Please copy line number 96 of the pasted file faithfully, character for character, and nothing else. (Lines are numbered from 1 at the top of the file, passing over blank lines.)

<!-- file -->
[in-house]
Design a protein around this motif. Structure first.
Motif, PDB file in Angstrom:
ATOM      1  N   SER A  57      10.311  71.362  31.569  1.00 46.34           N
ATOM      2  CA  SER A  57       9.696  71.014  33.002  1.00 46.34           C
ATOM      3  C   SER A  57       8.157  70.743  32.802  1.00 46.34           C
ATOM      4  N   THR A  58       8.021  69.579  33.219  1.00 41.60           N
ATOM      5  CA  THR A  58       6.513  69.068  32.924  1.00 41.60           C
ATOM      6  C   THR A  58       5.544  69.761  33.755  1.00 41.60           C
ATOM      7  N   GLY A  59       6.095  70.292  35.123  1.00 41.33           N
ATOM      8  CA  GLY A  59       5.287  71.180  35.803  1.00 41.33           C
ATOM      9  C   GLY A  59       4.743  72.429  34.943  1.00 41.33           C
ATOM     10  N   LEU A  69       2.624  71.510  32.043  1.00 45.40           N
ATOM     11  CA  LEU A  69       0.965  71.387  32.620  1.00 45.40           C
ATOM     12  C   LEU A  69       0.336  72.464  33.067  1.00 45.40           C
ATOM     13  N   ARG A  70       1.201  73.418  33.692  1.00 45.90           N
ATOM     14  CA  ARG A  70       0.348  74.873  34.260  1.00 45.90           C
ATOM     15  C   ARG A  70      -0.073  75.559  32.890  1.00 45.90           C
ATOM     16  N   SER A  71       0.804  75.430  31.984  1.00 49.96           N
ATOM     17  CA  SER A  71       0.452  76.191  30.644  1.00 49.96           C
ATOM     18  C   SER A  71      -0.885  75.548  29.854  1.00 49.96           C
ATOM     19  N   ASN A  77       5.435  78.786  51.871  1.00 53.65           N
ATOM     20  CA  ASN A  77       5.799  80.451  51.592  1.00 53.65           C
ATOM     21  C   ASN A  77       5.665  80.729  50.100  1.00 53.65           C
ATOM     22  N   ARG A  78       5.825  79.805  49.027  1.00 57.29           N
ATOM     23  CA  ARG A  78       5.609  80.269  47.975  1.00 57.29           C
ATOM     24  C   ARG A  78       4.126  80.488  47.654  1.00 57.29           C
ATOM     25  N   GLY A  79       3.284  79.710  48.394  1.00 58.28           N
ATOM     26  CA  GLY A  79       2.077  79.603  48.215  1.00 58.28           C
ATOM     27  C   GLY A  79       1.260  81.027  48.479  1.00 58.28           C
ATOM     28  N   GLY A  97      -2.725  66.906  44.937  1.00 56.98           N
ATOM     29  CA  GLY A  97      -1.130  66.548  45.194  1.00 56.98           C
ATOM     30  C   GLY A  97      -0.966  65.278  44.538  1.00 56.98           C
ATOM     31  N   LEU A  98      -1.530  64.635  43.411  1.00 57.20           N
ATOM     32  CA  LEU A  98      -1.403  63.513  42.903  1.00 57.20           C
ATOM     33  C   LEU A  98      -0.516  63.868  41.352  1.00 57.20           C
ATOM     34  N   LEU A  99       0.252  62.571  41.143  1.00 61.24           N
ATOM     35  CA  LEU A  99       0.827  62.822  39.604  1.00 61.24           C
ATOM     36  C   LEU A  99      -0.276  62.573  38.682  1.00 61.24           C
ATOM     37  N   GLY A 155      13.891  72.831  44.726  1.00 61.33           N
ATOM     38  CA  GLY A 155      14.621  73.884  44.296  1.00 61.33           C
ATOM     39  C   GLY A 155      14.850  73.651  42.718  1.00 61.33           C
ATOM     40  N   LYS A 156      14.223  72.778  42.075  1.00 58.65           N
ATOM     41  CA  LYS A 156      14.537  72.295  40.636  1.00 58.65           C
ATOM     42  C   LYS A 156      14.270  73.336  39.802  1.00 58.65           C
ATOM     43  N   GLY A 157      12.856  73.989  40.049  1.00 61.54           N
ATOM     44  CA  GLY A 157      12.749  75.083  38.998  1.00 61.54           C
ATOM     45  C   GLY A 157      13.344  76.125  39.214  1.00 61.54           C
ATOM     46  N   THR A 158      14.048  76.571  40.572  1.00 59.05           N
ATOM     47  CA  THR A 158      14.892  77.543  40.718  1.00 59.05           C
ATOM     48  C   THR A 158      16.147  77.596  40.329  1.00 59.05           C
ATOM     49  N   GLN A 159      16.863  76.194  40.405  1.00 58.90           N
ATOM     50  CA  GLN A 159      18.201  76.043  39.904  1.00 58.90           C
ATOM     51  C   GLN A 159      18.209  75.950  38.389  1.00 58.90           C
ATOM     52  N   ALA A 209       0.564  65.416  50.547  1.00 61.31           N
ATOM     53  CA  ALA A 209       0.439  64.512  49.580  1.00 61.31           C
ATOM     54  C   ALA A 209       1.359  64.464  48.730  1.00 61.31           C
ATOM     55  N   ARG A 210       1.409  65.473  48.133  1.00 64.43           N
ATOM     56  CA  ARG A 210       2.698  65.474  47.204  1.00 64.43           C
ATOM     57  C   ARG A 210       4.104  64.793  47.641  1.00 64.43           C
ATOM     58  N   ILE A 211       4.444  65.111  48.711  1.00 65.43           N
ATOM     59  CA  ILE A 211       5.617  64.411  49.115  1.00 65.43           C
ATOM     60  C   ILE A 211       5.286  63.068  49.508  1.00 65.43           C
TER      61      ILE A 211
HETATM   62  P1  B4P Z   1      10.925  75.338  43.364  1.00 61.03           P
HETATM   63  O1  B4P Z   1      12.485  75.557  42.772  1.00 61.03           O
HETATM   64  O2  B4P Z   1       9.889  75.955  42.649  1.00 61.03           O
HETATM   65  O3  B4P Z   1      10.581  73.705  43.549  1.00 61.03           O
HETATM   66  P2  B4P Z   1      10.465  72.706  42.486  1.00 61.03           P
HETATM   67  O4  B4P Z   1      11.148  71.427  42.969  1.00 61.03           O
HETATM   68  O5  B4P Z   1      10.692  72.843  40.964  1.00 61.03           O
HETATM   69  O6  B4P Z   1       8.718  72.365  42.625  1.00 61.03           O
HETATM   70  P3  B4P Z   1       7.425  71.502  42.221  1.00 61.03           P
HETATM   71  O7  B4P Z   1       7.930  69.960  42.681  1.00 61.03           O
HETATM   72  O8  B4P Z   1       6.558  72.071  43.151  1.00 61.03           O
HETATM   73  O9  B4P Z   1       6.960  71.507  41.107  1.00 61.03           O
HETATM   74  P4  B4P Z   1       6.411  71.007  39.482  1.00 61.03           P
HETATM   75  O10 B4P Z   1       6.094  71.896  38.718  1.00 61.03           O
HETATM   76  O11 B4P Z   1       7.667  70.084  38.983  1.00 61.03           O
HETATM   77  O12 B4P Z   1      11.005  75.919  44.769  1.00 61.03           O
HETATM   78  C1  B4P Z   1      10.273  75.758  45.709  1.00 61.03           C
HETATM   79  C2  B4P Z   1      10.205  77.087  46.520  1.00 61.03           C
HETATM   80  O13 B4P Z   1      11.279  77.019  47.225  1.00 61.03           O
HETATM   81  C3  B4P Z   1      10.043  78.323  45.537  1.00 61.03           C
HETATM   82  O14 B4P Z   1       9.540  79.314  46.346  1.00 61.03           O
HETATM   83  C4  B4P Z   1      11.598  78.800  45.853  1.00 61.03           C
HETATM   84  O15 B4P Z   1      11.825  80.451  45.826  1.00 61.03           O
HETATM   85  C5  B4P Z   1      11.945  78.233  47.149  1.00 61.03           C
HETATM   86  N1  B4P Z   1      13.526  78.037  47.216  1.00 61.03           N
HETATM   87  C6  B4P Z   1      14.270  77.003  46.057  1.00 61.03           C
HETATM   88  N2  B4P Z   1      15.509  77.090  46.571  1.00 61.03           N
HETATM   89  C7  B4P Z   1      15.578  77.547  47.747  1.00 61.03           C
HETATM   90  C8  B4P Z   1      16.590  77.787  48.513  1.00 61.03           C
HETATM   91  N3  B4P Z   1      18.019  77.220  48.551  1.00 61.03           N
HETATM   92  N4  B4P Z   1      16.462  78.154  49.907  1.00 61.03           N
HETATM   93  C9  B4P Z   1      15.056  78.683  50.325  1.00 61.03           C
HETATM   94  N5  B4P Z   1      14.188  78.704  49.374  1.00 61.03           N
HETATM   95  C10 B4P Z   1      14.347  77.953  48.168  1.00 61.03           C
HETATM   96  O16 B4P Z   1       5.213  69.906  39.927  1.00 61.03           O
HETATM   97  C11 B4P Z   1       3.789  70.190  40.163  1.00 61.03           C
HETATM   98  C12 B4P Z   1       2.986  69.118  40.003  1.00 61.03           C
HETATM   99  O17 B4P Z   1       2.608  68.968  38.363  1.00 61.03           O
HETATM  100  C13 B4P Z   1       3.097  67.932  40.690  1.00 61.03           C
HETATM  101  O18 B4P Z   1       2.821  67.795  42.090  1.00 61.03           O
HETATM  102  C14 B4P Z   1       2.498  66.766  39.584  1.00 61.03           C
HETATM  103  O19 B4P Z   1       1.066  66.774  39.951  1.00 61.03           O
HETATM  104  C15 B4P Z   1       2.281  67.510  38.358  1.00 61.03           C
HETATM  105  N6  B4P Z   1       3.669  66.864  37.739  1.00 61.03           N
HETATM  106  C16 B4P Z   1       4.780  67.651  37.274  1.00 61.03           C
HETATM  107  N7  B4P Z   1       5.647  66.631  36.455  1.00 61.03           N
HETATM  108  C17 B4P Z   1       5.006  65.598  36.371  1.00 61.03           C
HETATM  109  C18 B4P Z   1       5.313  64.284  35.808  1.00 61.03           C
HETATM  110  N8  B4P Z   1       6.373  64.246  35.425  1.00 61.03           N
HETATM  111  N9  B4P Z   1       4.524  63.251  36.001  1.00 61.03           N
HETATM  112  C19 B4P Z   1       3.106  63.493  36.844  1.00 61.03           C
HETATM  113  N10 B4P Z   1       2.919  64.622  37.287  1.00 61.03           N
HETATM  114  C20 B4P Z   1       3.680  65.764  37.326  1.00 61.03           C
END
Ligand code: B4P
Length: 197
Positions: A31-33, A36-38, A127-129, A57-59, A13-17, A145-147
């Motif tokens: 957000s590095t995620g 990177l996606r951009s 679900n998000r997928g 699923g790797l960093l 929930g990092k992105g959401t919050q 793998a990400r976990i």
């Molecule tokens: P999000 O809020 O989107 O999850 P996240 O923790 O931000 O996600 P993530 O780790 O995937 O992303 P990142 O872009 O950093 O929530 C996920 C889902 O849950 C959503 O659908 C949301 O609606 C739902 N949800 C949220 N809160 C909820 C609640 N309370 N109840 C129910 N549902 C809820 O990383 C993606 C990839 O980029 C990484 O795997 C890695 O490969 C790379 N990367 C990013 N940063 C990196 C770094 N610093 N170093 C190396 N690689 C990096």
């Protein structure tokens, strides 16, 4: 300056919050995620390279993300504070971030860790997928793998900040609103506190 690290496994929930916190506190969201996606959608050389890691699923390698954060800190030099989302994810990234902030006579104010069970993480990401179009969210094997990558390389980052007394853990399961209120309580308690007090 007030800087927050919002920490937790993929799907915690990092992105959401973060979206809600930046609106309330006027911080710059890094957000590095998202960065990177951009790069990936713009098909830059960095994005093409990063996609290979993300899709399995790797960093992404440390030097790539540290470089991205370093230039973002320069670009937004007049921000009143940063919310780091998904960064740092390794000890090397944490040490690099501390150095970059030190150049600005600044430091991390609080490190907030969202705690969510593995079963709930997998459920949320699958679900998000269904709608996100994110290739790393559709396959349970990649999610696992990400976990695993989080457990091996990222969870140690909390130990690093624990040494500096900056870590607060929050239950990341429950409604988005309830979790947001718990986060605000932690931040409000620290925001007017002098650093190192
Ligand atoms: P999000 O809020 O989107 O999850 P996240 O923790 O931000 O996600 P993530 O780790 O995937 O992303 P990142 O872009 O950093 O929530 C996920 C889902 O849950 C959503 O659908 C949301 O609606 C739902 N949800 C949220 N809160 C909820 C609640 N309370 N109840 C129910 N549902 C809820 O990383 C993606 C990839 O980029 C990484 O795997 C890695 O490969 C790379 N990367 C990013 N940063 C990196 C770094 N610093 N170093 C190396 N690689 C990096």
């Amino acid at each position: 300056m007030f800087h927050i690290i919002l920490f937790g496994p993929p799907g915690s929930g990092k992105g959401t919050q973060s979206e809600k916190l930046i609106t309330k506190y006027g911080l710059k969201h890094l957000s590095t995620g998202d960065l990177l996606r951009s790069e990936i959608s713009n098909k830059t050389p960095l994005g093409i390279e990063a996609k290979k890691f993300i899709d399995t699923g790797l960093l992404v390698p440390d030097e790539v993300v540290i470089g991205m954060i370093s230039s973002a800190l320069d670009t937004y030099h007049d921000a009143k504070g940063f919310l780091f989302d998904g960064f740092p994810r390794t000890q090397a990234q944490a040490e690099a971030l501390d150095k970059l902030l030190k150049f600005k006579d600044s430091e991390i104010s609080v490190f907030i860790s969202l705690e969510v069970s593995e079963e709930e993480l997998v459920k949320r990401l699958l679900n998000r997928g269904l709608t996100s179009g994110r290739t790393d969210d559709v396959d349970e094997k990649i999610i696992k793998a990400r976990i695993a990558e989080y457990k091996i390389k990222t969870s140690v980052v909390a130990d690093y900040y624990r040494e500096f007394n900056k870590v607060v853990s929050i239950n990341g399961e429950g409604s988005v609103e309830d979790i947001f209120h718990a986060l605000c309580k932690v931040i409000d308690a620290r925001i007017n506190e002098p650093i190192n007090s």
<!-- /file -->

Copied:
HETATM   93  C9  B4P Z   1      15.056  78.683  50.325  1.00 61.03           C